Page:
Maluku is blessed with incredible sea gardens, idyllic, tropical beaches and rugged, forest-coated volcanic mountains. These are the famous ‘spice islands’ which drew Indian, Chinese, Arab and eventually European traders in search of cloves and nutmeg.
In 1511, the Portuguese built their first fort in the area on the island of Ternate, and cornered the clove trade. The Dutch, who arrived in 1599, mounted the first serious threat to Pourtuguese control of Maluku’s treasures. Armed conflicts broke out, taking a heavy toll from the island populations as well as the rival European powers.
When the Dutch finally emerged as victors they enforced their trade monopoly with an iron fist. Whole villages were razed to the ground and thousands of islanders died, especially on the island of Banda. The British briefly occupied Maluku during the Napoleonic Wars, but Dutch rule was restored in 1814 and it wasn’t until 1863 that the compulsory cultivation of spices was abolished in the province. Now fish and other sea products are Maluku’s major sources of revenue, but nickel, oil, manganese and various kinds of timber also contribute to the province’s wealth.
Images courtesy of Indonesian Culture and Tourism
In the Directory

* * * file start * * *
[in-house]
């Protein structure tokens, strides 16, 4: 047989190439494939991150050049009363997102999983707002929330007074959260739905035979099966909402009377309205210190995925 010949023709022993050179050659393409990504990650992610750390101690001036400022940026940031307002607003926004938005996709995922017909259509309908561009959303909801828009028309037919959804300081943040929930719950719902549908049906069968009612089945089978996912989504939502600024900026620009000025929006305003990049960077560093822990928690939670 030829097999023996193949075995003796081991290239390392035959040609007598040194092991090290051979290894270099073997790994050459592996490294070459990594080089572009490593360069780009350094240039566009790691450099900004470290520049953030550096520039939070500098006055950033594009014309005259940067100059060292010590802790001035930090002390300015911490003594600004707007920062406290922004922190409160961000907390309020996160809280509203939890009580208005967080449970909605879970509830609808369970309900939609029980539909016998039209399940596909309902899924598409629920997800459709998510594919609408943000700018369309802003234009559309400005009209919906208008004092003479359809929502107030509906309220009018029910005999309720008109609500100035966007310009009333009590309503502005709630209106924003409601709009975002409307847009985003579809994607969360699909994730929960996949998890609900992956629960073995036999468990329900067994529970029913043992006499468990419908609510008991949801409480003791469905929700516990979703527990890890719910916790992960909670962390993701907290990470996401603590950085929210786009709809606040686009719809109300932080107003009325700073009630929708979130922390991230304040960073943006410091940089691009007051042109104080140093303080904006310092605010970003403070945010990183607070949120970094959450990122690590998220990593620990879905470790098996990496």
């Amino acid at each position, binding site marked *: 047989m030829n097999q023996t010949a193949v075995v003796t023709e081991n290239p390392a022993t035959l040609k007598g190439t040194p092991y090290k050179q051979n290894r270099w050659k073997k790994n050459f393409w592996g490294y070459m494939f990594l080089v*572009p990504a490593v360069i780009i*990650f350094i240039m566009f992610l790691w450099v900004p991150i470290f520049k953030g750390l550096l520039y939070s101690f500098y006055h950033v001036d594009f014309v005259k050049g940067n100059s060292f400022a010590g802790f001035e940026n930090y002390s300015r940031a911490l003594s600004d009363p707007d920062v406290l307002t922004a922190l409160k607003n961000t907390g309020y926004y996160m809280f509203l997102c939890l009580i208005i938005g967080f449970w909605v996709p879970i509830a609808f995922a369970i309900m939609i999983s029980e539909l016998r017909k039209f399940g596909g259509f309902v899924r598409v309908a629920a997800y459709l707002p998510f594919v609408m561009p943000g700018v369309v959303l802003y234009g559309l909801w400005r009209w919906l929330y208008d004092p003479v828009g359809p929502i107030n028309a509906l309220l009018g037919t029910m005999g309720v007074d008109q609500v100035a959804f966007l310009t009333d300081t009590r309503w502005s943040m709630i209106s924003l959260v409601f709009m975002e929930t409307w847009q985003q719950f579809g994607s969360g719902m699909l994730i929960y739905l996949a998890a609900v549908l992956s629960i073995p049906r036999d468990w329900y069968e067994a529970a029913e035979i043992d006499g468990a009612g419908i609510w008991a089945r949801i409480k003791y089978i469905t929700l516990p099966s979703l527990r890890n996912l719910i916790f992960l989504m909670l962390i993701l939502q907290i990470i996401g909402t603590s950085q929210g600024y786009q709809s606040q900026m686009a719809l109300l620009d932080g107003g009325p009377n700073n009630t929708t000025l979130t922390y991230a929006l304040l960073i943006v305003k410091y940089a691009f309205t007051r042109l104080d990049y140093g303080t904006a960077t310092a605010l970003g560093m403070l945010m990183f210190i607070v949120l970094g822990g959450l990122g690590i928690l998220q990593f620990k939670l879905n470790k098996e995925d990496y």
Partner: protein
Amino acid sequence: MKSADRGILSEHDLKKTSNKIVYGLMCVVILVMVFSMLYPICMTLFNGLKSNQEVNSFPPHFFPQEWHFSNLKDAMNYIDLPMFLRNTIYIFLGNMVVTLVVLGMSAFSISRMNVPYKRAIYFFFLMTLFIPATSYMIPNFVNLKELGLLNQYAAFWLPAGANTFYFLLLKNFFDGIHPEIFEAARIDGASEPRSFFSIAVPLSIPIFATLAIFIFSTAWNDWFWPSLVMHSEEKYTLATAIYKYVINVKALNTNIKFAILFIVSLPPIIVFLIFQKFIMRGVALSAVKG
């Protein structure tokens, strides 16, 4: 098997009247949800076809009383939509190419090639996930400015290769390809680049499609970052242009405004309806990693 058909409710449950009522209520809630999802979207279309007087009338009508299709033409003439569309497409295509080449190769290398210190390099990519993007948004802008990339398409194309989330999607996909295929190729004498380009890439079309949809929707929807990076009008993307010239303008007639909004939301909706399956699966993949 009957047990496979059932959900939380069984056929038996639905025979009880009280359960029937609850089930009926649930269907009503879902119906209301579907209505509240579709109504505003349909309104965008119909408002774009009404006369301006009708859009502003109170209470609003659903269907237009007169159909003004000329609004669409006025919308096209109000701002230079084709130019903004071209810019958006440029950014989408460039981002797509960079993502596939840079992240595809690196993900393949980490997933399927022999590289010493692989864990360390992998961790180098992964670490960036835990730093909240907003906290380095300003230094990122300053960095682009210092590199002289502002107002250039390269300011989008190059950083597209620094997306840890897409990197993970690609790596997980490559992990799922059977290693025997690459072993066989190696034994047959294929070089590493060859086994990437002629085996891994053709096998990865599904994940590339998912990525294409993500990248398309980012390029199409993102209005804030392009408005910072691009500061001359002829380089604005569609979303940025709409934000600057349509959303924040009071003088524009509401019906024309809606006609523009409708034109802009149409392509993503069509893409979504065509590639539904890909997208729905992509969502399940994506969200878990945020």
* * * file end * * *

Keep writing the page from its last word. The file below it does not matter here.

- Beautiful beaches
- Swimming with turtles
- Traditional canoe
The Banda Islands are one of Indonesias top destinations for divers. Both experts and beginners will enjoy themselves here, as the diving ranges from the shallow lagoon between Banda Neira and Gunung Api to the vertical walls of Hatta Island, the most easterly in the group. The Bandas offer stunning tropical scenery, a remarkable history, friendly villages, and some of the globe's most pristine, biologically diverse coral reefs. Scuba is new here, but the pioneering divers didn't have to work hard for their thrills.
The undersea world around Ambon and the nearby island of Saparua have top-rate dive sites. Highlights among reef walls here are the presence of large marine life - sharks, enormous turtles, schools of Napoleon Wrasse, giant groupers, tuna, rays, and huge lobsters - neighbors to generous schools of reef fish.
The main gateway into Maluku is through the provincial capital Ambon, which is served by regular flights to most parts of the archipelago. Air and sea tranportation connect the islands with 79 seaports and 25 airports. Roads on many of the islands provide acces to the more remote places of interest.